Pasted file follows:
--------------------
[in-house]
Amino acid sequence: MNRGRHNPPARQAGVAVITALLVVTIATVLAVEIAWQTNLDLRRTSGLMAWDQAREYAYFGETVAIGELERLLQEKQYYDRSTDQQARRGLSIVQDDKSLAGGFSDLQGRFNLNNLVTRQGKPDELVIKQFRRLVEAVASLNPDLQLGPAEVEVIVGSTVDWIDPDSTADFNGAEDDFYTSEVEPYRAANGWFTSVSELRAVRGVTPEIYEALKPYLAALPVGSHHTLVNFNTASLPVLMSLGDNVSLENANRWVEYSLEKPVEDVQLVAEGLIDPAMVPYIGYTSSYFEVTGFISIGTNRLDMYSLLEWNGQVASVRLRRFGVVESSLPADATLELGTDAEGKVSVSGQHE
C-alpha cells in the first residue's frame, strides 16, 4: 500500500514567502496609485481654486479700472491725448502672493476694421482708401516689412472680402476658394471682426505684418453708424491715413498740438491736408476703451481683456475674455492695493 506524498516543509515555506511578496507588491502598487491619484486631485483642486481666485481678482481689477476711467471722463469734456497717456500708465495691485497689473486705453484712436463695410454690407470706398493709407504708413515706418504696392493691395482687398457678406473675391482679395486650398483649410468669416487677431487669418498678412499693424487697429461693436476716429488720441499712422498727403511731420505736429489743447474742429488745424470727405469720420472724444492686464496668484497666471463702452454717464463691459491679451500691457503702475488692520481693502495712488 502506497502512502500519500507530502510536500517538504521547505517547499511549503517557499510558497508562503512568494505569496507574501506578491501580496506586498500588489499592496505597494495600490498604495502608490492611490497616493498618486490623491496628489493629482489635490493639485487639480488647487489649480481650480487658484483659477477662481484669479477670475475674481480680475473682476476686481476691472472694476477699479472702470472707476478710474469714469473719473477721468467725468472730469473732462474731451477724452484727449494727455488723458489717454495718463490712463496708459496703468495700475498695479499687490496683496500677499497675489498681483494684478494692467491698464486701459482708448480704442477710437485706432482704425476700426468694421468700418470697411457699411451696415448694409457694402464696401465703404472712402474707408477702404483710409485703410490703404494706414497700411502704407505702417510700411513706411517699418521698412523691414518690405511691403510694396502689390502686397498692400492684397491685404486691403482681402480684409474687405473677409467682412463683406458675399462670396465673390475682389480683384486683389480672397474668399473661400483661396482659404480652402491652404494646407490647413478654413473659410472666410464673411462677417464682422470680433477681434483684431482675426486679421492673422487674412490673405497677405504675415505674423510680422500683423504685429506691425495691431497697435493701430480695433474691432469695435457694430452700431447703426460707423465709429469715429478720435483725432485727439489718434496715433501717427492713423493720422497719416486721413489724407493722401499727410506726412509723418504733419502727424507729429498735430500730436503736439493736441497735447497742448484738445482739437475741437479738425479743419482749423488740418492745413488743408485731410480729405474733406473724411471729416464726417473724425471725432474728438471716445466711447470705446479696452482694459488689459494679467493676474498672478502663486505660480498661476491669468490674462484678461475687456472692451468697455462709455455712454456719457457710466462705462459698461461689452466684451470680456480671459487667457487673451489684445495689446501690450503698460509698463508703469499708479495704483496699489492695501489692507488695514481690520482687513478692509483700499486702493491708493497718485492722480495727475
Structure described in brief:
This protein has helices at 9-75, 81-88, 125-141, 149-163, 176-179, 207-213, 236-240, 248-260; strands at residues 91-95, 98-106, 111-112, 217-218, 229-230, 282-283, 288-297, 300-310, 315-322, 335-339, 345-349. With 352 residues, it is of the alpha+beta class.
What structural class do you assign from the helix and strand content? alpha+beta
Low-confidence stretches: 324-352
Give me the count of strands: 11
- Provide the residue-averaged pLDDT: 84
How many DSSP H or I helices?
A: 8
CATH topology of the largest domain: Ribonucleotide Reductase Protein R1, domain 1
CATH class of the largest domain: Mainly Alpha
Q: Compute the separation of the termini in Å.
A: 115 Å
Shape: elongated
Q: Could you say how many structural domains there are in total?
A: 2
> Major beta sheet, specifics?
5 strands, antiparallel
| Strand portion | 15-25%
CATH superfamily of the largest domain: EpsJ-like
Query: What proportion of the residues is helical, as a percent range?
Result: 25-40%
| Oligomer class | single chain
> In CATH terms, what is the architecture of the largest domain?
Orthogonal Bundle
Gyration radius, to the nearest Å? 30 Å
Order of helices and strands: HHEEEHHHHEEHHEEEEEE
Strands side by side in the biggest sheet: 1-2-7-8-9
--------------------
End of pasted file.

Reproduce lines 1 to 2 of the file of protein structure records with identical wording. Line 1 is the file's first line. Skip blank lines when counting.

[in-house]
Amino acid sequence: MNRGRHNPPARQAGVAVITALLVVTIATVLAVEIAWQTNLDLRRTSGLMAWDQAREYAYFGETVAIGELERLLQEKQYYDRSTDQQARRGLSIVQDDKSLAGGFSDLQGRFNLNNLVTRQGKPDELVIKQFRRLVEAVASLNPDLQLGPAEVEVIVGSTVDWIDPDSTADFNGAEDDFYTSEVEPYRAANGWFTSVSELRAVRGVTPEIYEALKPYLAALPVGSHHTLVNFNTASLPVLMSLGDNVSLENANRWVEYSLEKPVEDVQLVAEGLIDPAMVPYIGYTSSYFEVTGFISIGTNRLDMYSLLEWNGQVASVRLRRFGVVESSLPADATLELGTDAEGKVSVSGQHE